Virtual Reality Creep: You'll Be in 'The Matrix' Sooner Than You Think
How virtual reality is on the cusp of taking over your real reality.
At the VRLA Summer Expo held Friday and Saturday in downtown L.A., debate wasn’t centered on whether or not virtual reality is bound for maturity and mainstreamification (it is), but what kind of “topia” (“u-“ or “dys-“) our world will resemble once we can abandon physical reality for an immersive virtual alternative.
In lectures and panel discussions, several VR (virtual reality) and AR (augmented reality) pioneers stressed the moral responsibility intrinsic to their work. The considerations—technical, philosophical, artistic, even neuronal—on how to ethically shape humanity and its relationship with technology were both inspiring and quease-inducing: It was like getting caught in a transhumanist pep rally.
“We get to be the ones who define the grammar and language of a whole new medium,” said Caitlyn Meeks, director of content at High Fidelity. “We have the chance to see what the future’s going to look like. What we’re going to make it.”
High Fidelity, currently in beta, was dreamt up by Second Life creator Philip Rosedale, and the concept is similar. It’s not a game per se; it’s a space that allows users to develop an avatar and live a virtual, well, second life. Meeks explained that a parallel world has the potential to eliminate the negative constraints of reality, like economic disparities, distance, and physical handicaps. In the VR iteration, you can “touch” other users and convey subtleties of voice and movement.
“We certainly enjoy games, but really we dwell in something far deeper. If we want to be human in virtual reality, we need virtual to have the space and scope to allow us to unfold and be ourselves,” Meeks said, echoing many other speakers at the Expo who suggested that games will not be the ultimate expressions of VR.
Meta Vice President Ryan Pamplin called entertainment and gaming “just the tip of the iceberg” in his session detailing the numerous applications for augmented reality, which included, possibly, in the distant future, computer-aided ESP.
“We can profoundly change the way that people learn,” Pamplin said. “I think people can…become smarter in ways that we’ve never been able to do with a textbook.”
UCLA professor and researcher Mayank R. Mehta presented a study illustrating how VR disrupts neuronal function in rats, significantly. It caused 60 percent of their space-mapping neurons to shut down. But Mehta too expressed enthusiasm that VR could eventually improve education and revolutionize clinical therapy.
For instance, with the Meta 2 AR head-mounted display (HMD), you can see 3D representations of molecules, blueprints, the human body, a space station, all floating in mid-air or on multiple virtual screens. You can move them and touch them.
“You can’t have a physical model of all of these things,” Pamplin said, explaining how the device might impact chemistry, architecture, surgery, and space training, as well more quotidian areas such as online shopping and guided assembly.
Pamplin’s talk was the first-ever holographic slide presentation. The audience could see the 3D visuals he was manipulating via a video camera placed in his HMD.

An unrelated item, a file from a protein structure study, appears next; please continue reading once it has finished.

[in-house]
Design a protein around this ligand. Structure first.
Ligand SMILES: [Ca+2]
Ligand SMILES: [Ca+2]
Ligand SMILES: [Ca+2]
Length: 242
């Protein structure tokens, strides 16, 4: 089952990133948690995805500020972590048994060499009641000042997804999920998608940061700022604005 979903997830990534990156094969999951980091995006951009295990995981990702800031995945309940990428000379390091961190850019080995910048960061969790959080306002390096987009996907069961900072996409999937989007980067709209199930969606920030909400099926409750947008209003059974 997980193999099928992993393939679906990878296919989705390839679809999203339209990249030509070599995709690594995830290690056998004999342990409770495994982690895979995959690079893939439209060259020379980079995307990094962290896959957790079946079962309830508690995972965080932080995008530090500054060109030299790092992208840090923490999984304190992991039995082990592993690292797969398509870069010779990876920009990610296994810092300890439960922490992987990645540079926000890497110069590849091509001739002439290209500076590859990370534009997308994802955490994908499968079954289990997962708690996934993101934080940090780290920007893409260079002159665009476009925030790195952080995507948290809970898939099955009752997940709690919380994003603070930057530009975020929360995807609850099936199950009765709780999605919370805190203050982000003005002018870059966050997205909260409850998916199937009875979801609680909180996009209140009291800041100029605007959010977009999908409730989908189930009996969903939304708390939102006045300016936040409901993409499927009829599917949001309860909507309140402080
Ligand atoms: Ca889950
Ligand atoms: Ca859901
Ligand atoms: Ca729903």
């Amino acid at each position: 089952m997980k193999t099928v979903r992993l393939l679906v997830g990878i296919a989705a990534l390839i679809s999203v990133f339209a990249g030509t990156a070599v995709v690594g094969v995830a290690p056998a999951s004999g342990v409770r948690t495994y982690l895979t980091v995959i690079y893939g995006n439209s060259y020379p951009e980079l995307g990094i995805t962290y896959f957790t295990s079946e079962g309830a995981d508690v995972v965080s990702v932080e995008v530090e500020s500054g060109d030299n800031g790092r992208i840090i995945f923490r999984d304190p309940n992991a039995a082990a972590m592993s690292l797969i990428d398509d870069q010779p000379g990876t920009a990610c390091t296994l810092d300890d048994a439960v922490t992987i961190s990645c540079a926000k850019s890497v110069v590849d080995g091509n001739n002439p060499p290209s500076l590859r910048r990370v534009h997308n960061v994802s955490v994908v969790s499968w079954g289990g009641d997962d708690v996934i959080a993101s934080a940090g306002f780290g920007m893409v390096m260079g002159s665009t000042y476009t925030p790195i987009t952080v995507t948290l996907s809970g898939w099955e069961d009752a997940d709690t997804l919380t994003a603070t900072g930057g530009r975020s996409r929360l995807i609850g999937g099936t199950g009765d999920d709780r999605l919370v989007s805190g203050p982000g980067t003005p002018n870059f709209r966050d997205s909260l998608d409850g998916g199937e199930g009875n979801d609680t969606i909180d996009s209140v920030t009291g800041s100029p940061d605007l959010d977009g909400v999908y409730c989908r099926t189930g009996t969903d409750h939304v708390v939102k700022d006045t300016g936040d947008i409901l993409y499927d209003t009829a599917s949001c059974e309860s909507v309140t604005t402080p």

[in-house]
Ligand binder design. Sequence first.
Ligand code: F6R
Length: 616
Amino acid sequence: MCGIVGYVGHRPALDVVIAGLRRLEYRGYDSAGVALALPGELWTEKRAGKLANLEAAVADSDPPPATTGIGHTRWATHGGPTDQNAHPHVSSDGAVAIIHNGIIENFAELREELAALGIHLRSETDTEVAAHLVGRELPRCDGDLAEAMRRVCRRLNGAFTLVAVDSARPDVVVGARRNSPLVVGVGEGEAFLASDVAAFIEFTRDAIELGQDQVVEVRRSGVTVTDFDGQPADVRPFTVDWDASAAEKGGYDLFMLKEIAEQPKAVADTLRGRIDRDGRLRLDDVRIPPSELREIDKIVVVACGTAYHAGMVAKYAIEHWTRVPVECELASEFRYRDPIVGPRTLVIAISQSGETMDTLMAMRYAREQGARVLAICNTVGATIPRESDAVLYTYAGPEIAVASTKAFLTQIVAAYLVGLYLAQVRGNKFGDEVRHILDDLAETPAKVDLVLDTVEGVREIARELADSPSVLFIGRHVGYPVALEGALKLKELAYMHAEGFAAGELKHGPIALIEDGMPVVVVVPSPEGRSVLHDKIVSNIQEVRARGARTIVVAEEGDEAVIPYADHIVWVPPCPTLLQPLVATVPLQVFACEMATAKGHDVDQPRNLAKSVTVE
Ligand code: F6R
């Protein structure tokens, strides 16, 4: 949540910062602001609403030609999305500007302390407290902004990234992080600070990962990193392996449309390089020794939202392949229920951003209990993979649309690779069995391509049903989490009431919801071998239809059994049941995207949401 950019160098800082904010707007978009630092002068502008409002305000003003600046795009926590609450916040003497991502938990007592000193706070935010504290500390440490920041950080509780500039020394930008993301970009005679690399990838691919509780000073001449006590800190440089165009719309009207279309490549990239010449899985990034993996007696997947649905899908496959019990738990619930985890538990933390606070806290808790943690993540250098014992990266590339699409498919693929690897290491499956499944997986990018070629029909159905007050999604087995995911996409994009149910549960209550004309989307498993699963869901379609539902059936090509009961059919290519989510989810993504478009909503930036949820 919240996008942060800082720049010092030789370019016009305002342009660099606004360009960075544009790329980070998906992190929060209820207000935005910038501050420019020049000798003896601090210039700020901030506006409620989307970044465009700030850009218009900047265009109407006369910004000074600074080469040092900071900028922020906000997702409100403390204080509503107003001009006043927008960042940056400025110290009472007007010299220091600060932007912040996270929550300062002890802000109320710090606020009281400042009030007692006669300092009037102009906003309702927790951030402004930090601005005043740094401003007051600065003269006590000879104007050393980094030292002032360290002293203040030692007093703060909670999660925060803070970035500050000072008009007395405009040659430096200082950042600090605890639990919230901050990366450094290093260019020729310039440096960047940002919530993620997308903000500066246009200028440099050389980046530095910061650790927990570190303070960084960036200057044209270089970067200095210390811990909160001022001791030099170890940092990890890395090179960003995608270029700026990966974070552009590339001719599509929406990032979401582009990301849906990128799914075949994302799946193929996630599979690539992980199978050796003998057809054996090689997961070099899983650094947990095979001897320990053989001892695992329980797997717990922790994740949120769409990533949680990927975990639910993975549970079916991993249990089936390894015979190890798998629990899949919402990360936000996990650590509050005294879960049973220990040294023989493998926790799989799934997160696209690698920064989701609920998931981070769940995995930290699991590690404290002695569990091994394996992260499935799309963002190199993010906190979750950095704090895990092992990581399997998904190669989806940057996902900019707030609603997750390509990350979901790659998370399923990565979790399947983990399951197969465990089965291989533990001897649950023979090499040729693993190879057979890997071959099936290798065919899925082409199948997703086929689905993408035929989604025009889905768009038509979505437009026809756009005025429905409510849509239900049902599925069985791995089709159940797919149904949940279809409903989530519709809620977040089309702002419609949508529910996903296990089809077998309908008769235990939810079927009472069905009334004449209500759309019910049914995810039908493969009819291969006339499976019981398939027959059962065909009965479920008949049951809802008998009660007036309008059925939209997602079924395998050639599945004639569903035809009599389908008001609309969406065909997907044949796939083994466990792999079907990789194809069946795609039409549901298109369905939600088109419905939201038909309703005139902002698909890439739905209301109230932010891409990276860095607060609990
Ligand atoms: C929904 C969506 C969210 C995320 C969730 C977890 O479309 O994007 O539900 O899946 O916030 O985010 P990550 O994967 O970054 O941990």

The Matrix-like existence might not be too far off: Pamplin believes complex AR experiences are “not a possibility in [far off] 2020,” but “a possibility we are very close to today.”
Angela Haddad, VR artist and producer at SilVR Thread, believes the new wave of VR has clicked because we’re “finally ready as a society” to embrace it, partially because of how connected we feel to our smartphones. “Soon enough, it will feel more natural and normal to be in virtual reality for a really long time,” she said. (It’s believed that VR and AR will be an $120 billion industry by 2020.)
But as Visionary VR CEO and co-Founder Gil Baron mentioned, “to talk about VR is so fundamentally different than experiencing VR.” Despite the lofty technological aspirations voiced in the lectures, the expo hall where attendees could try out some cutting-edge VR and AR experiences was dominated by games and entertainment.
Buzz hovered around a flight simulator from Mindride and a “silent rave” made possible by donning an HTC Vive HMD, SkullCandy Crusher headphones, and a SubPac wearable bass backpack, which delivers feedback in sync with the music and sounds reaching the user. Everywhere people wearing chunky HMDs were looking at nothing in particular in the real world but something spectacular in the virtual world, shooting imaginary foes or using virtual hands to press virtual buttons to control virtual spaceships.
(To address the elephant in the post: VR porn was absent from the expo.)
I “road tripped” in Pearl, an adorable animated short VR film from Google Spotlight Stories. A few booths down, I jumped out of a plane and “flew” over San Francisco and Brazil on something called an Extreme Machine.
These aren’t seamless virtual experiences—games still appear pixelated, you’re still bound by cords and bulky machinery, and it’s not uncommon to feel nauseated with prolonged immersion. The VR experience won't make you feel like you've stepped into Vanilla Sky or Strange Days —yet. But the headsets are a plausible intermediary, and there’s no telling when the technology will catch up with the creators’ spirited transhumanist rhetoric.
All photos courtesy of VRLA.